In at least four instances, religious authorities suggest the dead be taken somewhere else or interred on outskirts of cemetery.
“If the details of this report are true and the burial societies or their representatives are refusing to bury people because of their sexual orientation during their lives, they are contravening Jewish law and desecrating the dead,” said Rabbi David Stav, the head of Tsohar, a group of Orthodox rabbis who aim to bridge the gaps between religious and secular Jews in Israel.
Stav, speaking to the website Srugim, noted that in no other way did the societies differentiate between those who were religiously observant or not.
I started writing a version of this essay two years ago, during my final semester in Yeshiva College. My final semester, but I wasn’t graduating; I had spent the better half of the year filling out college transfer applications and now, as winter turned to spring, acceptance notices began appearing in my email inbox.
That I was leaving Yeshiva College was not a secret. From the first day of the academic year, I told everyone who would listen—friends, professors, my bedroom wall—that I was leaving. When asked, I said my departure was motivated by the College’s limited curriculum, which was true: For my senior thesis at Yale, I am writing about two black gay men—Marlon Riggs and Essex Hemphill—and their artistic responses to the AIDS epidemic, a research project which, despite the presence of brilliant faculty, I could never have pursued at Yeshiva University.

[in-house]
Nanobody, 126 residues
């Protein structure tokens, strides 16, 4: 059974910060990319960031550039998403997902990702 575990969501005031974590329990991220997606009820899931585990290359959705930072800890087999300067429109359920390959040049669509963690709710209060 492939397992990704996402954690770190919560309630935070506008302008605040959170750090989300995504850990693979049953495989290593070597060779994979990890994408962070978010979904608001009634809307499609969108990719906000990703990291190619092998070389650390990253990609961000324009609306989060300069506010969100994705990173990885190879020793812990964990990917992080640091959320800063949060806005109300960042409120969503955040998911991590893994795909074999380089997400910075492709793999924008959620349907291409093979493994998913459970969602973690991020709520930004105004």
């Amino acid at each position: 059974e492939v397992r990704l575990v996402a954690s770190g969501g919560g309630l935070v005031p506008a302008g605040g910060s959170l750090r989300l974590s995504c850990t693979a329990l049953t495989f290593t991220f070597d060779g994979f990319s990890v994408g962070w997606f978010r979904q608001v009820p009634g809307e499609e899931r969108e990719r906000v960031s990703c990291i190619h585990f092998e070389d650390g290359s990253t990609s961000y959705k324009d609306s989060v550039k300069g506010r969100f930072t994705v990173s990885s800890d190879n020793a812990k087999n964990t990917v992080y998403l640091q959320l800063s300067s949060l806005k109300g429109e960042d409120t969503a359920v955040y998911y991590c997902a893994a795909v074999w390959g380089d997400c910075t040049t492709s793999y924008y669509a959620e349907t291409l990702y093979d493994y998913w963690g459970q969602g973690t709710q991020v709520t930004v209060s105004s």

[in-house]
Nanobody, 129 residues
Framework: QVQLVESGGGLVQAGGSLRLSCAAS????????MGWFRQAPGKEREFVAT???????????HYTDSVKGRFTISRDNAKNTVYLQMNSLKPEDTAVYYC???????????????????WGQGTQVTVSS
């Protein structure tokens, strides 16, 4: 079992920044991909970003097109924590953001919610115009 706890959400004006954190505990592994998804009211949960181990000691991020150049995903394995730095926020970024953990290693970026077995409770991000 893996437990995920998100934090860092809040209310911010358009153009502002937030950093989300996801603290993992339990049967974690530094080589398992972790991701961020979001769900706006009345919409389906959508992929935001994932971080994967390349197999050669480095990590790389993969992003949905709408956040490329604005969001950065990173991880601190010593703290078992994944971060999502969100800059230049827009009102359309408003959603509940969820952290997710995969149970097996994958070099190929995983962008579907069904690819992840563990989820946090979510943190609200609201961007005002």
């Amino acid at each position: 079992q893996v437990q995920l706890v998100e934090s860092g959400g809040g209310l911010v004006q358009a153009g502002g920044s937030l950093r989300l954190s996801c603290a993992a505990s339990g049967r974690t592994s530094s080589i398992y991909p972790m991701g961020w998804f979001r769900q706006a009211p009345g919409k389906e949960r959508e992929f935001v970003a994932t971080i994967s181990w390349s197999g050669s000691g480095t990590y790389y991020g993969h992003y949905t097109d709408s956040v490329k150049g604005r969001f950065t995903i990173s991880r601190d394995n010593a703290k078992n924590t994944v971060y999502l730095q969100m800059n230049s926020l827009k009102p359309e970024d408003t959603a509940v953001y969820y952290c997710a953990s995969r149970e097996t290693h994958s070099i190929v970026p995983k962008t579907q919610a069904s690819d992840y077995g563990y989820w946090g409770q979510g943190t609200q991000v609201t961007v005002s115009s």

But the truth remains that I also used my academic reason as a cover for my more personal one: I am gay, and I left because I no longer felt safe at Yeshiva University. While at YU, I wasn’t out and was terrified of what such a public identity could mean.
Each morning, when I awoke, I forced myself to gather the strength required to learn, for yet another day, alongside rabbis that had publicly called gay people an abomination, blamed them for natural disasters, and advocated for conversion therapy—a pseudoscience so dangerous it has been outlawed in many states. I lived in constant fear of being discovered, and in my second semester, my mental health took a turn for the worse; I entered the darkest months of my life, and leaving YU literally became a life-and-death situation.